January 25, 2017
A Dynamic Commodities Exclusive
The euro is a reserve currency which means that central banks and monetary authorities around the world hold the foreign exchange instrument as a part of their reserves. Other major reserve currencies in the world are the U.S. dollar and yen. Recently, the International Monetary Fund has attempted to assist China when it comes to making the Chinese currency, the yuan, a reserve currency. As part of the process, China has been devaluing their currency. As of the beginning of 2017, the euro was the second most widely held reserve currency, second only to the U.S. dollar.
Despite being such a widely held foreign currency instrument, the euro is young. The euro replaced many currencies across the European continent. The German mark, French franc, Italian lira, Greek drachma, Spanish peseta and many other currencies faded into history as a result of the Maastricht Treaty of 1992 that established the pan-European foreign currency instrument. The only major European nation that did not totally participate in the euro experiment was the United Kingdom which never abandoned the pound sterling.
The euro came into existence in 1995 in Madrid and became an official accounting currency on January 1, 1999. On that date, the official exchange rate was 1:1 against the U.S. dollar and all member currencies became fixed against the new means of exchange. By May 2002, euro coins and bills replaced all of the former paper monies in Europe. The euro changed foreign currency markets dramatically in that the number of currencies trading declined with the euro taking over for twenty two separate currencies across the continent.
A Bumpy Road
The road towards the common market and single currency has not been smooth. The culture in Northern Europe differs from the Southern European culture both politically and economically. Political policy for the European Union, the subject of heated debate, comes from Brussels, Belgium while economic policy has been a result of discussions and votes in Frankfurt, Germany the headquarters of the European Central Bank.
The official introduction of the euro currency had the most dramatic impact on the citizens of nations that joined the European Union; the pan-European trend had been underway for years before the currency was in the pockets of the over 200 million people who reside within the borders of the union. Globalism, or the idea that open borders and coordinated economic and political policies had been a trend that has been in force for more than the fourteen years since the introduction of the euro currency. However, for the average citizens of France, Germany, the Netherlands, Spain, Greece, Italy and all other member nations, the reality of globalism has hit home over recent years.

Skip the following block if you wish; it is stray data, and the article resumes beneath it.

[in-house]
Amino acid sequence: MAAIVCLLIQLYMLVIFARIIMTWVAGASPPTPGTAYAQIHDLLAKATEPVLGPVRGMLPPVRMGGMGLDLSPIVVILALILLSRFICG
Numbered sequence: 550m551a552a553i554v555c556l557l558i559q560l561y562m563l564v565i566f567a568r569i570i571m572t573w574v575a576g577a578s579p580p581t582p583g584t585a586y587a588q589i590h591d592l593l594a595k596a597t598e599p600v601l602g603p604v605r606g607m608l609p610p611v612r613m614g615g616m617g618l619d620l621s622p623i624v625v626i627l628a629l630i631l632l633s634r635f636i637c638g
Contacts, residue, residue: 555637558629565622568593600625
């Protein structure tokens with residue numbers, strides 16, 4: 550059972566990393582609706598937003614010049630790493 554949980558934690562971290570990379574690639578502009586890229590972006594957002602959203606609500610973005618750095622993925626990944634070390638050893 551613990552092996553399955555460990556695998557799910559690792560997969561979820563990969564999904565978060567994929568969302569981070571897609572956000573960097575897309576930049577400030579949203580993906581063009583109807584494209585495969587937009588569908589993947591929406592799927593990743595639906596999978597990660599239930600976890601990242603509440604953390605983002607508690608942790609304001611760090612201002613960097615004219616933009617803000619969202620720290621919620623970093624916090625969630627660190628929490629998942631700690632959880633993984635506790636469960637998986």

Different Cultures Cause Problems
The financial crisis of 2008, bailouts of Southern European nations came at a hefty price tag for the stronger Northern European economies. The bailouts exposed smoldering issues that were below the surface in the meetings in Brussels and Frankfurt for years leading up to the crisis. The attitudes when it came to financial austerity, taxation, and spending were as different as night and day in the North and South. The financial crisis exposed many of the differences and when the EU and ECB had to pay real money to bail out some of the Southern countries, it hit home for many in countries like Germany, France and the Netherlands.
Over recent years the humanitarian immigration crisis from countries like Syria, Iraq and those in North Africa has resulted in waves of immigrants seeking asylum in Europe. The economic consequences of the EU’s well intentioned open border policies when it comes to refugees arriving at Southern European ports on a daily basis in droves have been negative. The dilution of economies across Europe as waves of immigrants make their ways to final destinations far from arrival points has increased unemployment levels and government social welfare spending. Recent terrorist attacks in France, Belgium and Germany highlight that some of the refugees came to Europe to practice jihad rather than to seek asylum in free nations.
Signs for The Future
Popular opinion has begun to shift in Europe as the results of globalism and the great European experiment resulted in less than desirable outcomes for many average citizens who saw their standards of living decline and their nations change complexion with the arriving hordes. In 2016, dissatisfaction became a clear and present danger to the young European Union and its currency, the euro.
In June 2016, the cracks in the European Union resulted in a referendum whereby citizens of the U.K. voted to exit the EU. A December 2016 referendum in Italy sent a similar message. In 2017, elections in Germany, France and the Netherlands will have important ramifications for the future of the European Union and its currency the euro.
The great euro experiment commenced decades ago, but the euro is less than two decades old. The Union and its currency could face its greatest challenge in 2017 as voters in Northern Europe may continue to send a message like ones seen in the U.K. and Italy that is a rejection of the globalist wave and status quo.
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